Moreover, you will be outraged by this annoying enemy and the vulnerability you feel every time you push your head around the corner. On the other hand, it’s this oppressive speaker who makes your revenge even sweeter when you finally storm the crow’s nest and topple your sworn enemy once and for all. In fact, arresting this stunning suicide bomber and then using his weapons against his friends is an extremely pleasurable turn of events.
7) What are you so afraid of?
A perfect example of advanced technology and showmanship.
With the documentary BasedBrandon Scott (who plays Henry) reveals the benefits of performance capture. In choosing the procedure for the theatre, he claims that everything can be done from any angle, and that even the smallest [movements] are always recorded. For me, it is this ability to preserve barely perceptible gestures – and then translate them into a finished character model – that makes the TLOU cups so unique and exciting.
I don’t want to pretend now that the game was the first to use this technology in the environment, because that would clearly not be true. However, I would like to say that what has been achieved here by a bad dog hasn’t surpassed anyone yet, although it is now quite common to dress the actors with funny swimsuits and optical sensors. It’s just that there’s something incredibly raw in the way the actors interact, as if on a whim they’re going beyond the script. They talk to each other convincingly, start their sentences again in the middle of the river and water the fillings in every other line of the dialogue like real people.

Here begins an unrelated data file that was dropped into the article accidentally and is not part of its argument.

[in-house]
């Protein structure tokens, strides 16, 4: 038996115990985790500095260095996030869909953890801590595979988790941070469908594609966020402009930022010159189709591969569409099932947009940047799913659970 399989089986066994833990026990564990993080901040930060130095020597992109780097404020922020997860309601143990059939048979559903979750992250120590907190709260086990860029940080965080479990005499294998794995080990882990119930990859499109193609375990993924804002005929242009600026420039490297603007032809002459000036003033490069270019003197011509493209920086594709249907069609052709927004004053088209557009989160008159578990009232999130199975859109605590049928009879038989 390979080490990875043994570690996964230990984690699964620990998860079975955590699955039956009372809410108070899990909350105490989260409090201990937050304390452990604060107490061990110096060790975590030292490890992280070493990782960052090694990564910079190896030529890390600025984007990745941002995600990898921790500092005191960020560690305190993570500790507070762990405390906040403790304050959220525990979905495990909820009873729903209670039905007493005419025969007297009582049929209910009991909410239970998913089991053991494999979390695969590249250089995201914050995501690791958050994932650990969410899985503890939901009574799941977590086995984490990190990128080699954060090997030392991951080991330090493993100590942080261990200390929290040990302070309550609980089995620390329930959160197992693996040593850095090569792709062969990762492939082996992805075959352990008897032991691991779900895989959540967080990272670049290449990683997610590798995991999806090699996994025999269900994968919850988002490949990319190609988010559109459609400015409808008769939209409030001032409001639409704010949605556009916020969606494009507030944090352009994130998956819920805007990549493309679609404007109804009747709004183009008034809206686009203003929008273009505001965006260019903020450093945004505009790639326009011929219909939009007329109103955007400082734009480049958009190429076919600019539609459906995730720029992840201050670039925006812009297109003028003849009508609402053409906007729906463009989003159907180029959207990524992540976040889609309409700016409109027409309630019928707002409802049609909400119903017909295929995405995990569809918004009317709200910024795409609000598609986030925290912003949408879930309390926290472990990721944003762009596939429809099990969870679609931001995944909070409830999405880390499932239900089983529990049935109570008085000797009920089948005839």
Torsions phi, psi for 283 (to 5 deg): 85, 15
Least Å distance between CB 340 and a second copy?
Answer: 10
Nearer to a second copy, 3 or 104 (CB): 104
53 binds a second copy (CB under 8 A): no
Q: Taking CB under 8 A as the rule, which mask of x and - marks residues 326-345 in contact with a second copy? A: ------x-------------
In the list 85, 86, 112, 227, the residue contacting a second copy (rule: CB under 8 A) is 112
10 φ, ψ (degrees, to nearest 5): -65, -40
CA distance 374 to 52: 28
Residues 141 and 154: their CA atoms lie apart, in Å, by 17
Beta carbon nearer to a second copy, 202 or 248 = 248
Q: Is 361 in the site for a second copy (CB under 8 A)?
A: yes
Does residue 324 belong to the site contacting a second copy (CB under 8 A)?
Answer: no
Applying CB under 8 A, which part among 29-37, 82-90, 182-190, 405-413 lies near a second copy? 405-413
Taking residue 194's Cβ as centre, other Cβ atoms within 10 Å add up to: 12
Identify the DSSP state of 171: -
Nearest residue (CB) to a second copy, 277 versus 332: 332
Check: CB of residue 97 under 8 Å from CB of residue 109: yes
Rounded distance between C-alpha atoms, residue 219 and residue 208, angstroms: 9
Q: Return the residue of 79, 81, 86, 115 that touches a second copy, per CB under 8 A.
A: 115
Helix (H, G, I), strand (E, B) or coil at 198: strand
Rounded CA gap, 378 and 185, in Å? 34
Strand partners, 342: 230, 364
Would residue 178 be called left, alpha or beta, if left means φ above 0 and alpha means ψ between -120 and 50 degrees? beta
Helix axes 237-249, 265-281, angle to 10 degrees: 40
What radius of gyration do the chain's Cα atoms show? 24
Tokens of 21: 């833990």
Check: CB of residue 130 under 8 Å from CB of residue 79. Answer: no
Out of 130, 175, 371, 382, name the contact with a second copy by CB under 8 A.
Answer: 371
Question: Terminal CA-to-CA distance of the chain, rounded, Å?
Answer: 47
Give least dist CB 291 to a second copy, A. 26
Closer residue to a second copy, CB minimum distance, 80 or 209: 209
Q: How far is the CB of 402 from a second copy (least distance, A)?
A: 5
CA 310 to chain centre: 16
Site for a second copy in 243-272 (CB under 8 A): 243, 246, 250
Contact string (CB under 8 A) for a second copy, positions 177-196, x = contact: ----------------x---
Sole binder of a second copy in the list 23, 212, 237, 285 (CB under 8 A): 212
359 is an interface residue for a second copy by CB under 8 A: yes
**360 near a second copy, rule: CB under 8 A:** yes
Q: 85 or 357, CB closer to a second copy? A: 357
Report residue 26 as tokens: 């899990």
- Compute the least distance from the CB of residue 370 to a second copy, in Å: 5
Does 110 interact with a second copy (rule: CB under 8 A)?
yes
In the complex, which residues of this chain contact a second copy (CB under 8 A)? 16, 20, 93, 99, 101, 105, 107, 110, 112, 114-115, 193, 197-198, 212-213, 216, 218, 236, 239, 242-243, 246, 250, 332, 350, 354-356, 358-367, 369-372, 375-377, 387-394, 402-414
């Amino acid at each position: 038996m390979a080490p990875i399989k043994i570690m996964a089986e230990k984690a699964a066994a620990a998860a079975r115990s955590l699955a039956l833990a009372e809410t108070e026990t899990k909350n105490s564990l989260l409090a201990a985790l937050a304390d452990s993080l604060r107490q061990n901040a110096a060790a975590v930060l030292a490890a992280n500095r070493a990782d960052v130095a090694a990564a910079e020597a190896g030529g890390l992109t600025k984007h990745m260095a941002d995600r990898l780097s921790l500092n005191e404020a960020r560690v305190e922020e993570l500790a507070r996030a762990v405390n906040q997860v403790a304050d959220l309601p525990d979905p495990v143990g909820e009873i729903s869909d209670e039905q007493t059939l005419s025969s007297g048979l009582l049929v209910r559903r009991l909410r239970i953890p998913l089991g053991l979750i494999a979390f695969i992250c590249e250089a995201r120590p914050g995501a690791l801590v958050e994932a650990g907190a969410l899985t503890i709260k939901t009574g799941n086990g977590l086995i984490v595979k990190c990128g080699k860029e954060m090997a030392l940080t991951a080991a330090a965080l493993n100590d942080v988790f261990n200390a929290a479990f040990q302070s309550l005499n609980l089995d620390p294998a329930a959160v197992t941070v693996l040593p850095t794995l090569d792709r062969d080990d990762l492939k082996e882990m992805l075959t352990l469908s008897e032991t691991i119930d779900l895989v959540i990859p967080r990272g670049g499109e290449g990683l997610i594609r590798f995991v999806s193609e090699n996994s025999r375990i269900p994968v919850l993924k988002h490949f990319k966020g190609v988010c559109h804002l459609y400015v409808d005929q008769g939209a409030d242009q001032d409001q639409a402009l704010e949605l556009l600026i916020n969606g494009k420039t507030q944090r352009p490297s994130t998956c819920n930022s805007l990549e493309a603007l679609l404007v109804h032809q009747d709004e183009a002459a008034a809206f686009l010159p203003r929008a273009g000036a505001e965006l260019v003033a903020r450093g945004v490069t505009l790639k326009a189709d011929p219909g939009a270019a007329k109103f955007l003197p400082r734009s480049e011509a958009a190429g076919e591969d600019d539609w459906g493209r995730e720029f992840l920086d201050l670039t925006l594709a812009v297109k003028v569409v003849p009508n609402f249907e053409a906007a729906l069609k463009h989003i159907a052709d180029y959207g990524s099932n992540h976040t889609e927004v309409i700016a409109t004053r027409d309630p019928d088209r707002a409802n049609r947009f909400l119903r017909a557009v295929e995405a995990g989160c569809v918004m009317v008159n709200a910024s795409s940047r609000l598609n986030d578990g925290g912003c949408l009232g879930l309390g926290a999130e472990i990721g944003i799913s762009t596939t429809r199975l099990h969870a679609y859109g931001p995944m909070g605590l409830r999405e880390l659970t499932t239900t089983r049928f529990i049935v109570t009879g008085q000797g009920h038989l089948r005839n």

If you want to better understand how they work with these plausible scenes, Grounded is a necessary point of view. However, if you prefer to look at the final product, I recommend a filmmaker who accuses Joel of wanting to leave her. Troy Baker and Ashley Johnson blow up this argument with so many realistic details that can only come from talented performers bouncing off each other in the heat of the moment. There is, for example, the way Joel avoids eye contact when he is defensive, the slight wrinkles in Ellie’s eyebrows when she is agitated, and the spontaneous thrust she gives to an irresponsible defender when she is agitated. These authentic (and widely adapted) colours make the difference between the embroidered backing you’ll find in other AAA releases and the exciting drama TLOU so appreciates. Of course, even a phenomenal letter can’t hurt.
Not only do we have to turn our eyes back to the reverse perspective, but we also have to fight the limited freedom of movement and swaying of the reticule.